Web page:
UnNews:Special play performed in Toronto
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Special play performed in Toronto
Where man always bites dog
Wednesday, November 25, 2015, 17:13:UTC)(
4 February 2013
Toronto, Canada -- In what many consider a bold move, noted Canadian playwright Judith Thompson has produced a play starring and written by persons with Down's syndrome. Entitled RARE, the play consists of the life experiences of non-professional Down's syndrome actors. "As a playwright, I am trying to get away from writing fiction, or retelling reality using my own words," said Thompson, "Instead, I prefer to show life as it is, not as it is filtered by the author. This play is not unlike my previous plays, Body and Soul which consisted of women over 45 expressing the concerns of late middle age or SICK which consists of the life stories of terminally ill teenagers."
The play focuses on the issues and fears facing those with Down's syndrome. Timothy "Timmy" MacDonald spoke movingly about his fear of the death of their parents, and a possible life without a guardian. Edward "Special Ed" Mackenzie expressed his pride in holding down a job at McDonalds for the last 5 years. Pierre Foulques cursed God for his miserable condition, and wished he had never been born. Frederique Cretin gave a stirring 15 minute dialog about her love of chocolate milk.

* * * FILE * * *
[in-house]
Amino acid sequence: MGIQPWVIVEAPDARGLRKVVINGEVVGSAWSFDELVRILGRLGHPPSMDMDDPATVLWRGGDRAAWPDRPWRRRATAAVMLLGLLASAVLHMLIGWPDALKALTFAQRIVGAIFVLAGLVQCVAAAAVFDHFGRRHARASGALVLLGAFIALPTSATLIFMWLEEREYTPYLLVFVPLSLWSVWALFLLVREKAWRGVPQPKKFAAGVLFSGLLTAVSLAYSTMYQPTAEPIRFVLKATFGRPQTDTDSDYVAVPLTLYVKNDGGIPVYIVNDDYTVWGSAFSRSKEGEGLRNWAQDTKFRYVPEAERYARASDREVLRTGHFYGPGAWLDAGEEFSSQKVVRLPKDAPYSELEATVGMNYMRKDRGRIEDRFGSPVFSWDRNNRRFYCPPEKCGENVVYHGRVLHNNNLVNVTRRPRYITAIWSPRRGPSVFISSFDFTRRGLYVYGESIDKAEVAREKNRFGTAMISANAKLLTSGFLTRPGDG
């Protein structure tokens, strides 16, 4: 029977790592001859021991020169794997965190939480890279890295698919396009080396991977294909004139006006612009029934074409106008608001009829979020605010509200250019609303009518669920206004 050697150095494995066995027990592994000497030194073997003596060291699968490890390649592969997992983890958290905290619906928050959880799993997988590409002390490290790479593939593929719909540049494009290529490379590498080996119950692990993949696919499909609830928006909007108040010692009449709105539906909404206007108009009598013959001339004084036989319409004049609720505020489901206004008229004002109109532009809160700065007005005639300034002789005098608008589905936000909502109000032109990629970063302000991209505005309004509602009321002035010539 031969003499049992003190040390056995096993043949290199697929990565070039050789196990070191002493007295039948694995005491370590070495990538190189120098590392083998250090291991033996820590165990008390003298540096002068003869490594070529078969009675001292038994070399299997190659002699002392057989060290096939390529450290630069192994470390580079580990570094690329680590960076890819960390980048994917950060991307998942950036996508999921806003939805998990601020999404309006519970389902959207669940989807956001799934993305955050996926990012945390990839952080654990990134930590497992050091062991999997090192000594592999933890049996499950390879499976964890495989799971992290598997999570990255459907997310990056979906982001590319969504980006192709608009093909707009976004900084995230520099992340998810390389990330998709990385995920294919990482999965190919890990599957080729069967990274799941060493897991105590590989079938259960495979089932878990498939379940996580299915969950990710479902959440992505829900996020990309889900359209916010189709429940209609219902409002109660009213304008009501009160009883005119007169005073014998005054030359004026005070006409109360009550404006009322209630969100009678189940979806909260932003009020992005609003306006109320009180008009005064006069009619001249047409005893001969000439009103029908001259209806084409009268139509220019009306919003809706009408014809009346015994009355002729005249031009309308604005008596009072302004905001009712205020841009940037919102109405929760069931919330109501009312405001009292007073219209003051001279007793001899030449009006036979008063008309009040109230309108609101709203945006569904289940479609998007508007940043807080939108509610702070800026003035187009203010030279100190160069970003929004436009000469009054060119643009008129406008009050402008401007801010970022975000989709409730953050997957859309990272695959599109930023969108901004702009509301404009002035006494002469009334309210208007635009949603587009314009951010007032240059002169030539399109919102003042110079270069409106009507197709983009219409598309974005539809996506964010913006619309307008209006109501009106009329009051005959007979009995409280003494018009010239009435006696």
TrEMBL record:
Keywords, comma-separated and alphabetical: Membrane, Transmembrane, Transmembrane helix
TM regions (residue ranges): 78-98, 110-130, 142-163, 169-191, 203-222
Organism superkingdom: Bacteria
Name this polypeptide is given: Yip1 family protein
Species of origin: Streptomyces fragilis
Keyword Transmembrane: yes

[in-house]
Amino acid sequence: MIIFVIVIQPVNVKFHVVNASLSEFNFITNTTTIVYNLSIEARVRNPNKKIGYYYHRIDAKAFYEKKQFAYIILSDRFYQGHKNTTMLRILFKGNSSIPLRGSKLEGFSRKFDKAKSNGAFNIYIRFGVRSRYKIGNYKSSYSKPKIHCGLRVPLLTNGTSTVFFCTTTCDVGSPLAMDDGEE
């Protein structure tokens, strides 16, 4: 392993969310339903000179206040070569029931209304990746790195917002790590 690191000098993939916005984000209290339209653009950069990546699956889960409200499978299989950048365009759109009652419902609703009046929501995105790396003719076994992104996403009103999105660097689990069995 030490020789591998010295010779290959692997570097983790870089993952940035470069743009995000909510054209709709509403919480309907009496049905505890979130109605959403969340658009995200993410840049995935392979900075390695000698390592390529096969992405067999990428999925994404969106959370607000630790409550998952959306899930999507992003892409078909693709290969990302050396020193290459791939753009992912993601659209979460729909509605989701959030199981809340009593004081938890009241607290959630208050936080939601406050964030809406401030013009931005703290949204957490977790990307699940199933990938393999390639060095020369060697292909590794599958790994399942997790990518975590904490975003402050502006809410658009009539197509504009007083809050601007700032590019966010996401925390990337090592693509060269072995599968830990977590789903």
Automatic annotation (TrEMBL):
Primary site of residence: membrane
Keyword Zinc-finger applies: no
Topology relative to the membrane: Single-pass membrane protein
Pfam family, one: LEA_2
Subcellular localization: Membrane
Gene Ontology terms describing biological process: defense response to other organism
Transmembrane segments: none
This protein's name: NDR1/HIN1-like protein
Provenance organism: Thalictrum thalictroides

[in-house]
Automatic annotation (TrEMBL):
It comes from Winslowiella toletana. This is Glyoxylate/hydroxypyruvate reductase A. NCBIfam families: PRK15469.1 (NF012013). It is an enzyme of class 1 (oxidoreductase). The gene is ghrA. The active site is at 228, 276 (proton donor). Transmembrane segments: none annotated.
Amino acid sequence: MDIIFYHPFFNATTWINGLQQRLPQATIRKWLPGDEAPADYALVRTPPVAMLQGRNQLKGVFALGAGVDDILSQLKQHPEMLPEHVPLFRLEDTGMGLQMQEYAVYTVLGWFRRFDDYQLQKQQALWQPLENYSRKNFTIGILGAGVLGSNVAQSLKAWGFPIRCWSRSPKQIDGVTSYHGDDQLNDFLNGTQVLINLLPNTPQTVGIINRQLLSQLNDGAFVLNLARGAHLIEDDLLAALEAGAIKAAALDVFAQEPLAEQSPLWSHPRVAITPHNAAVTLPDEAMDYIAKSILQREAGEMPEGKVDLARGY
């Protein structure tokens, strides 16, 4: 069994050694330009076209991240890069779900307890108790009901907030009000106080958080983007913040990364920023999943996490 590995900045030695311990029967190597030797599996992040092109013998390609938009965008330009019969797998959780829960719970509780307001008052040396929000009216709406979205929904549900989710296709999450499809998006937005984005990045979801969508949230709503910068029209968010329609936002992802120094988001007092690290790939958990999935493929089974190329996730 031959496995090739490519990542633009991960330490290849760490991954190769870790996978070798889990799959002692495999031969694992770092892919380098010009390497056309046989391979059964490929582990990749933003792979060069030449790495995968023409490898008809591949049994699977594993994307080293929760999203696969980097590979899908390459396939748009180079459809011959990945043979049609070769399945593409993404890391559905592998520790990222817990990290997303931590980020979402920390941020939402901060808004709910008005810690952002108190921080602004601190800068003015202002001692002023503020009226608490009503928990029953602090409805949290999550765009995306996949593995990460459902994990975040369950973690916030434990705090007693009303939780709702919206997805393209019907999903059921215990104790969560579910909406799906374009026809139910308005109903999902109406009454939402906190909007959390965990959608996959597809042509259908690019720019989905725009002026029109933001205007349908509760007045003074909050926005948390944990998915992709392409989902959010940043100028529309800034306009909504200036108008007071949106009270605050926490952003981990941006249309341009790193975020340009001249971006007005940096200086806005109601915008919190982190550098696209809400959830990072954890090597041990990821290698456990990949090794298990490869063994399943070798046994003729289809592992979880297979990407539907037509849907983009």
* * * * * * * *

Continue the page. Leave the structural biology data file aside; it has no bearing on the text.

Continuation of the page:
"By using real people instead of characters, I add an element of realism to my work. I am presenting things as they are, not as I think they are or should be. Paradoxically, this style of theater production often requires less work and planning than traditional methods. Writing fiction requires effort and creativity, while plays presenting real life almost write themselves."
Despite generally positive reviews, Thompson has been criticized by some for exploiting the disabled. "I wouldn't say that I'm exploiting the mentally challenged," said Thompson, "Granted, most critiques are not going to negatively review a play that exclusively stars the mentally disabled. However, I'm not running a freak show, as some people allege. That would require actors with much more rare and interesting disabilities. If were to do a real gloried freak show, then I'd have nothing to top it with next season. That is why is important to shock the sensibilities of your audience gradually, so you can shock them again next season."
- Susan G. Cole "Judith Thompson and group of Down syndrome writer/performers create great theatre". NOW Toronto, February 3, 2013
- CBC News "Down syndrome cast members provide the spark in RARE". CBC News, January 30, 2013